Biting Back: Managers must have more trust in players
There's a series on ITV4 at the minute called 'The Football Mavericks.'
If you get a chance to see it, don't miss out. It's a great watch.
The running theme throughout the programmes is players with undoubted ability who never quite fulfilled all of their promise or hit the heights in their careers.
At times this is as much down to the players themselves; even our own George Best didn't always help himself, but he still had a decent medal collection, with two league championships and a European Cup to his name.
A lot of the time the failure of these enigmatic players to reach their potential is down to their managers. In the latest episode Rodney Marsh, a maverick himself, said that Paul Gascoigne would never have played for England under Sir Alf Ramsey - although his record stands up to scrutiny alright.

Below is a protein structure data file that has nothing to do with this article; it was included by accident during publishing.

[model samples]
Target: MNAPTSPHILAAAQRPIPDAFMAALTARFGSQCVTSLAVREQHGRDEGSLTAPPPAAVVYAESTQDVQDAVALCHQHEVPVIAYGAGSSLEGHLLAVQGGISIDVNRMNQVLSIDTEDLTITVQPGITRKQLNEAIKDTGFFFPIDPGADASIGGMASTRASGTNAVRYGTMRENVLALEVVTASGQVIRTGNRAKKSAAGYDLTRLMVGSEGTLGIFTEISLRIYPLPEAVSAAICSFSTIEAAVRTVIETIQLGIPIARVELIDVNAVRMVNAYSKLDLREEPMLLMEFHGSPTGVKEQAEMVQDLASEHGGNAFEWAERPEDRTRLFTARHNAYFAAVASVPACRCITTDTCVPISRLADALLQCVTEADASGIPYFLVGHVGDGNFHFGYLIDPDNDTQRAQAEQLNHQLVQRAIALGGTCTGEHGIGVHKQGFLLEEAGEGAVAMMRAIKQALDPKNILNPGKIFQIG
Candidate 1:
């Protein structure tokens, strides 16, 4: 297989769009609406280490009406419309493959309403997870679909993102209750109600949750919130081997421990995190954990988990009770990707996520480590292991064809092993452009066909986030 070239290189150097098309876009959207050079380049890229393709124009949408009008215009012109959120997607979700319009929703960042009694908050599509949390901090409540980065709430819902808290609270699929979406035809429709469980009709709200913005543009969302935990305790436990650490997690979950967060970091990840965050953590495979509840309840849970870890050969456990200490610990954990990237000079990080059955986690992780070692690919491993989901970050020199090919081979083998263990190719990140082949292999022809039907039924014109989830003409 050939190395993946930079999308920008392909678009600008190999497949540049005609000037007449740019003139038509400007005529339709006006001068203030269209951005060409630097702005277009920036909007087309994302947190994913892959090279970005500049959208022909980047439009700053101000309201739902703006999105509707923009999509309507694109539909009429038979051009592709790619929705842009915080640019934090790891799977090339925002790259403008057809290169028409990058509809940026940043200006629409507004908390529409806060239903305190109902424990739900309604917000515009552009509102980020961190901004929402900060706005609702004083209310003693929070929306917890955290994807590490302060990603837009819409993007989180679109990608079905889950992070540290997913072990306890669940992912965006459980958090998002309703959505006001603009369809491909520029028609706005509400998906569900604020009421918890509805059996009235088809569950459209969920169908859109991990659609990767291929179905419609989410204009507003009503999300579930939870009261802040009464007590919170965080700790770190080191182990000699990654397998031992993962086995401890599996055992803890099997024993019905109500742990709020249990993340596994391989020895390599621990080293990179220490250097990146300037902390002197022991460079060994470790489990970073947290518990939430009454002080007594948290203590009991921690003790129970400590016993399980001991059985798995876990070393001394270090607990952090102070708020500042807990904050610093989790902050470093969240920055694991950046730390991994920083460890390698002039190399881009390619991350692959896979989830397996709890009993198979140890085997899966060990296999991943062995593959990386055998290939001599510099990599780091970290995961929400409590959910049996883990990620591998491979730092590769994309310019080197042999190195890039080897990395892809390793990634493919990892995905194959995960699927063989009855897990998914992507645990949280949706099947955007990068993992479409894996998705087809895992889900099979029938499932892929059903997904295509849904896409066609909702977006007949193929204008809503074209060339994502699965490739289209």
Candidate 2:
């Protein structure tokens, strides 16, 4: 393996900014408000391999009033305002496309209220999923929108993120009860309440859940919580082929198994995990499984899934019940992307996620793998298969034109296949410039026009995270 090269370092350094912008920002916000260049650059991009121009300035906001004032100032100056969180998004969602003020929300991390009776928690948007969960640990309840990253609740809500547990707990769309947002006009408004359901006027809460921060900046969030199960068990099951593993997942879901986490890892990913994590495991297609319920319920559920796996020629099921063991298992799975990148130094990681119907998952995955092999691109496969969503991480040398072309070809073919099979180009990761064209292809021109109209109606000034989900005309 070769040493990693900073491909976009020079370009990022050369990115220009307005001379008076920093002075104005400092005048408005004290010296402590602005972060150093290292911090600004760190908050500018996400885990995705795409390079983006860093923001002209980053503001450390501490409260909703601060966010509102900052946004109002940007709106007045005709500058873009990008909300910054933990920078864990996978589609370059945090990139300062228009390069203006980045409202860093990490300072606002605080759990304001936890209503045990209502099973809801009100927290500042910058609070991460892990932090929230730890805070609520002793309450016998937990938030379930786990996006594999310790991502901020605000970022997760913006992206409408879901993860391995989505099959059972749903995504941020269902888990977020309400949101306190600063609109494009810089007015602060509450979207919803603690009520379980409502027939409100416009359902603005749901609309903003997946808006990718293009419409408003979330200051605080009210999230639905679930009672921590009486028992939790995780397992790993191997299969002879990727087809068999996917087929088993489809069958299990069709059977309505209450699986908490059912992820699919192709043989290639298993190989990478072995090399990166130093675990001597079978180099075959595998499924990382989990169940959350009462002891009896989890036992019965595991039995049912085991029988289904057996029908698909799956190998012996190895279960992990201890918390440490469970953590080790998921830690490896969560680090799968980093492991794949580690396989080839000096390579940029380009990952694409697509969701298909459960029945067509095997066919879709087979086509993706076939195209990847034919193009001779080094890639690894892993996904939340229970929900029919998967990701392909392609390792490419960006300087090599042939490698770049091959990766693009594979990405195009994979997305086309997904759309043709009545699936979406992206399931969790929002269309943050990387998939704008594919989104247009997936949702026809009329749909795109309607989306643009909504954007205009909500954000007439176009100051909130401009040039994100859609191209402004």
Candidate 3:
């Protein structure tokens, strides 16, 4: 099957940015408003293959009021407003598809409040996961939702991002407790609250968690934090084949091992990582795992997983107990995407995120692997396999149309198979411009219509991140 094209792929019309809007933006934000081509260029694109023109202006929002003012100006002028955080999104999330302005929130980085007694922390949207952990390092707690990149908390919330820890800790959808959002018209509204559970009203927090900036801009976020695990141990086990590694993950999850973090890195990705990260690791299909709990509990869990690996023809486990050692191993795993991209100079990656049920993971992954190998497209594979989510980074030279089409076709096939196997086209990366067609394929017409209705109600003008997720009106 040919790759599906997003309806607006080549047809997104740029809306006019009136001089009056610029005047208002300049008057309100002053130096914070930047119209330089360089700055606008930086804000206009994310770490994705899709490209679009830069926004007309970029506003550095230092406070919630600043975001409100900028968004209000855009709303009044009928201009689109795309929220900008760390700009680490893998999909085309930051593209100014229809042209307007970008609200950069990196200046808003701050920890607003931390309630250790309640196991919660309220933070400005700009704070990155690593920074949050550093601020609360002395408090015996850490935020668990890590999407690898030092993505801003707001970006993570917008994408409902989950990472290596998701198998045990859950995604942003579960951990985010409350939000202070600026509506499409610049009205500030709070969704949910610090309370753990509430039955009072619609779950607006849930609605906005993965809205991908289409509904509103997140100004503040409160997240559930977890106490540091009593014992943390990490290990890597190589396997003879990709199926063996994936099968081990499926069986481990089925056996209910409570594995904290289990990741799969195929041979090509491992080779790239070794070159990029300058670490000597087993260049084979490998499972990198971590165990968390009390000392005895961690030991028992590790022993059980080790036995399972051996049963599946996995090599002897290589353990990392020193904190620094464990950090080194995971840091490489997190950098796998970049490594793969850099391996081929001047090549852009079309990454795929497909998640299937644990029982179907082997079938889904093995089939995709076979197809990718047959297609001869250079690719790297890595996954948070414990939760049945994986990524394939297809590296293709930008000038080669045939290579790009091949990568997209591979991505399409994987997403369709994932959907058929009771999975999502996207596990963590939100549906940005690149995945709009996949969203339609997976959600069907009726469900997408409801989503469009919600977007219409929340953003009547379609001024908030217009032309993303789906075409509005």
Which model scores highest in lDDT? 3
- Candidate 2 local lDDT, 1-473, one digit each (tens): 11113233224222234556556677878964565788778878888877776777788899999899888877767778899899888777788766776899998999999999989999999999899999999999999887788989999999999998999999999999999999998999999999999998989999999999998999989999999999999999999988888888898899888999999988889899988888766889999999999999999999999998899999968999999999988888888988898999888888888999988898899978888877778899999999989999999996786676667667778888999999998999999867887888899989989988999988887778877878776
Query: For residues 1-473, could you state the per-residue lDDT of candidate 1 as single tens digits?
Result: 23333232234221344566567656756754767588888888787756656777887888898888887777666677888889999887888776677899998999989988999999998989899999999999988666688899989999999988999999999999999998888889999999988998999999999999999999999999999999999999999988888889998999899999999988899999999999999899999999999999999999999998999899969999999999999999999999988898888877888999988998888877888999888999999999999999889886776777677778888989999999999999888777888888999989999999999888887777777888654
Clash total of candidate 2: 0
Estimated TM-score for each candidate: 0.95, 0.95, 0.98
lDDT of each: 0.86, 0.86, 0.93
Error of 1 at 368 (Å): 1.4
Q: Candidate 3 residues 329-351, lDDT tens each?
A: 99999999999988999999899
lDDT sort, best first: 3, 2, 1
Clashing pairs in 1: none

These players, who are a bit different from the norm and get fans off their seats rather than being on the edge of them, are revered by fans.
The problem is that there is a lack of trust in them from managers. A fear perhaps that if a player isn't working hard he's a risk. And too often not a risk worth taking.
If a manager can't set up a team to have others doing the work to let the creative flair player do his thing then it's their tactical nous that is letting not just themselves, but their fans down too.